No trip to Cambodia is complete without a jungle trekking adventure in the northeast, to discover the most remote hill tribes and landscapes of the country.
What to experience ?
Rattanakiri (the mountain of precious stones) Province in the most northeast of the country is home to a very diverse landscape spotted by lakes and waterfalls. Surrounded by dense forest on elevated highlands, the region is scattered with isolated indigenous hill tribes who live in harmony with their habitat.
Dutch Co conducts responsible one to four day jungle trekking and trips combining discrete ethnic village visits, boat treks, hiking, wildlife viewing, and kayaking. All their guides are indigenous who love to exchange about the different cultures with their guests.
Their one-day ‘Kalai Jungle’ hike takes you through the jungle close to Kalai village where you will see farmhouses of the indigenous Kreung people. Learn how the families live and take care of the crops before taking off again to trek through some streams. The trek follows hunting tracks; however you will occasionally go off the beaten track for a bit of fun and adventure.
For a journey of true exploration, try their Kachah Tribe Mountain Trek for 3 or 4 days, experiencing hikes through diverse landscapes, spending the night camped next to a three-tiered waterfall, followed by another night in an indigenous homestay. Spending time with the tribes of this region is a very rewarding and educational experience. Very welcoming and hospitable, they are often as interested in, and curious about you, as you will be in them! Or check out their latest Gibbon Spotting Trek.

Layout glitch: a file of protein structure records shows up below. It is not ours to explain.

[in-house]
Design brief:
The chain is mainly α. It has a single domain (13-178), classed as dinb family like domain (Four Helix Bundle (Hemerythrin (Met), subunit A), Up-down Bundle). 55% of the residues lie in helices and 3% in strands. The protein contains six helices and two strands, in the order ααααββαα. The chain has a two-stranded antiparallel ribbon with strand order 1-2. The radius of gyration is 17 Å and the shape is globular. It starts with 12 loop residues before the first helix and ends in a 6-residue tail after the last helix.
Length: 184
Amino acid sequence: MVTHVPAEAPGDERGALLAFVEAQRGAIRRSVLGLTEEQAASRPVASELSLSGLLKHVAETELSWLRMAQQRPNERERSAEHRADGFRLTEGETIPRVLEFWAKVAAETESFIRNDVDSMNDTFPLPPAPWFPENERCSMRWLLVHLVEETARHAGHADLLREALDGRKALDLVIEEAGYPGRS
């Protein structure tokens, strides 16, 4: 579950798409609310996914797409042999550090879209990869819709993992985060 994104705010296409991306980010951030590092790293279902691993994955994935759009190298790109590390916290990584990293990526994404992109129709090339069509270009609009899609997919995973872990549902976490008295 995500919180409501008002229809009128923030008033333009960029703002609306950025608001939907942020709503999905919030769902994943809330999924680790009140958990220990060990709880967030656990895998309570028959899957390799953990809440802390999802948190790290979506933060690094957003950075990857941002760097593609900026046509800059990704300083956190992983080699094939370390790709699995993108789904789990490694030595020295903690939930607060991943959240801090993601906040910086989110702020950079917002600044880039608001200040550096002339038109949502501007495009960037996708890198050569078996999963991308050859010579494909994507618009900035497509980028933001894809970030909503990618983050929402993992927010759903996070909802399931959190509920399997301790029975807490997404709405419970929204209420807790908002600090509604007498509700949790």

The indigenous peoples of the north-east are the most marginalised in the country, often dealing with abject poverty and deficiencies in education and health care. As such providing jobs to indigenous people in remote areas is crucial to improving their livelihoods. Through Dutch Co’s activities, they work with local indigenous communities to help them conserve nature and at the same time begin to improve their livelihood situation through tourism.
The company offers local indigenous people training to become responsible tour guides, in addition to hiring indigenous trackers for their treks. They provide well trained guides on all of their treks who can explain about the nature and the culture of the indigenous people inhabiting the areas they go to.
They keep the impact on the natural environment to an absolute minimum, striving to continually conserve the environment that represents both their livelihood and the livelihoods indigenous people depend on.
Dutch Co ensures that all of their garbage is carried out with the group when they leave an area, “leaving our footprints and taking only pictures”, ensuring that their guides adhere to their policy but also that tourists respect the environment too.
The company pays entrance fees to the communities they visit, the money being spent for community wide purposes such as health care and education.